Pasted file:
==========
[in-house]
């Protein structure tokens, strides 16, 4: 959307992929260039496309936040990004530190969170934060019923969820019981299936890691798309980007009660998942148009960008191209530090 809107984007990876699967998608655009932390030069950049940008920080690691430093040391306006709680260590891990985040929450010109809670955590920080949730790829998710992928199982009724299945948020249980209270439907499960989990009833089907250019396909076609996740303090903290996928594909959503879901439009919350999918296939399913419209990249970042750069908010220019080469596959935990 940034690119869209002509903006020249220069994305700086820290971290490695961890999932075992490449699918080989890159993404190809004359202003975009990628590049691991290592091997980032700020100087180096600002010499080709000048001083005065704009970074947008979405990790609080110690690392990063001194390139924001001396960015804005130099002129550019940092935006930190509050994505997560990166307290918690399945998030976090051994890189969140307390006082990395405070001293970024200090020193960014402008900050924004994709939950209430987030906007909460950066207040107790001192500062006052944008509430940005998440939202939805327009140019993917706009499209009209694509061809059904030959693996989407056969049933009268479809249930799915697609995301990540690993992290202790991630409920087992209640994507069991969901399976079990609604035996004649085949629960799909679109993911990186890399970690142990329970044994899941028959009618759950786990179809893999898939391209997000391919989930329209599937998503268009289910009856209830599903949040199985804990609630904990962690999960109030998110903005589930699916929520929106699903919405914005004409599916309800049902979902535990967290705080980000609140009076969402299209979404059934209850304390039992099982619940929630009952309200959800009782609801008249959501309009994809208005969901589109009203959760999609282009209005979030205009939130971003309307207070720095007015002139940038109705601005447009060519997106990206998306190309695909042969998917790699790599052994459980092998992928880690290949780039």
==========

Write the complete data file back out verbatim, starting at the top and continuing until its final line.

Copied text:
[in-house]
């Protein structure tokens, strides 16, 4: 959307992929260039496309936040990004530190969170934060019923969820019981299936890691798309980007009660998942148009960008191209530090 809107984007990876699967998608655009932390030069950049940008920080690691430093040391306006709680260590891990985040929450010109809670955590920080949730790829998710992928199982009724299945948020249980209270439907499960989990009833089907250019396909076609996740303090903290996928594909959503879901439009919350999918296939399913419209990249970042750069908010220019080469596959935990 940034690119869209002509903006020249220069994305700086820290971290490695961890999932075992490449699918080989890159993404190809004359202003975009990628590049691991290592091997980032700020100087180096600002010499080709000048001083005065704009970074947008979405990790609080110690690392990063001194390139924001001396960015804005130099002129550019940092935006930190509050994505997560990166307290918690399945998030976090051994890189969140307390006082990395405070001293970024200090020193960014402008900050924004994709939950209430987030906007909460950066207040107790001192500062006052944008509430940005998440939202939805327009140019993917706009499209009209694509061809059904030959693996989407056969049933009268479809249930799915697609995301990540690993992290202790991630409920087992209640994507069991969901399976079990609604035996004649085949629960799909679109993911990186890399970690142990329970044994899941028959009618759950786990179809893999898939391209997000391919989930329209599937998503268009289910009856209830599903949040199985804990609630904990962690999960109030998110903005589930699916929520929106699903919405914005004409599916309800049902979902535990967290705080980000609140009076969402299209979404059934209850304390039992099982619940929630009952309200959800009782609801008249959501309009994809208005969901589109009203959760999609282009209005979030205009939130971003309307207070720095007015002139940038109705601005447009060519997106990206998306190309695909042969998917790699790599052994459980092998992928880690290949780039």